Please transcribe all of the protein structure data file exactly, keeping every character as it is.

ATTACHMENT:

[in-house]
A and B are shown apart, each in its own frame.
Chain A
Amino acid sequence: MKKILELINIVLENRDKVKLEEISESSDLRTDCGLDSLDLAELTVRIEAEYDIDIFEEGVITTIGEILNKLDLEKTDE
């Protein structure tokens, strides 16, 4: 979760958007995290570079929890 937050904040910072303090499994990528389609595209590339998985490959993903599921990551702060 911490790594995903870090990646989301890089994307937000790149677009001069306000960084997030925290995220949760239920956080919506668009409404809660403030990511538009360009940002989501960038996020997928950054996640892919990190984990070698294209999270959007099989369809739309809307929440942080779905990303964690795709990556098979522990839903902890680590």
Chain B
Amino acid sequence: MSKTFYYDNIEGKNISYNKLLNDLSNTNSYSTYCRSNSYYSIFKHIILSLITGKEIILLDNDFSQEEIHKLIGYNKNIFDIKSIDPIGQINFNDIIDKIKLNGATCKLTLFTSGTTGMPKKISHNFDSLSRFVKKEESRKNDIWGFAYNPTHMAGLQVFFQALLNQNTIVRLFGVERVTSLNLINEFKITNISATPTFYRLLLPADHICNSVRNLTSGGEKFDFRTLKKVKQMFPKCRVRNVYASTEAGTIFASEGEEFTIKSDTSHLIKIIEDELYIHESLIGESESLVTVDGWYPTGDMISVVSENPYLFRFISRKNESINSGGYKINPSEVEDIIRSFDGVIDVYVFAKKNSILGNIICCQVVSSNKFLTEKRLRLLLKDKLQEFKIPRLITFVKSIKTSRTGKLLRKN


[in-house]
A and B are shown apart, each in its own frame.
Chain A
Amino acid sequence: MKKILELINIVLENRDKVKLEEISESSDLRTDCGLDSLDLAELTVRIEAEYDIDIFEEGVITTIGEILNKLDLEKTDE
């Protein structure tokens, strides 16, 4: 979760958007995290570079929890 937050904040910072303090499994990528389609595209590339998985490959993903599921990551702060 911490790594995903870090990646989301890089994307937000790149677009001069306000960084997030925290995220949760239920956080919506668009409404809660403030990511538009360009940002989501960038996020997928950054996640892919990190984990070698294209999270959007099989369809739309809307929440942080779905990303964690795709990556098979522990839903902890680590």
Chain B
Amino acid sequence: MSKTFYYDNIEGKNISYNKLLNDLSNTNSYSTYCRSNSYYSIFKHIILSLITGKEIILLDNDFSQEEIHKLIGYNKNIFDIKSIDPIGQINFNDIIDKIKLNGATCKLTLFTSGTTGMPKKISHNFDSLSRFVKKEESRKNDIWGFAYNPTHMAGLQVFFQALLNQNTIVRLFGVERVTSLNLINEFKITNISATPTFYRLLLPADHICNSVRNLTSGGEKFDFRTLKKVKQMFPKCRVRNVYASTEAGTIFASEGEEFTIKSDTSHLIKIIEDELYIHESLIGESESLVTVDGWYPTGDMISVVSENPYLFRFISRKNESINSGGYKINPSEVEDIIRSFDGVIDVYVFAKKNSILGNIICCQVVSSNKFLTEKRLRLLLKDKLQEFKIPRLITFVKSIKTSRTGKLLRKN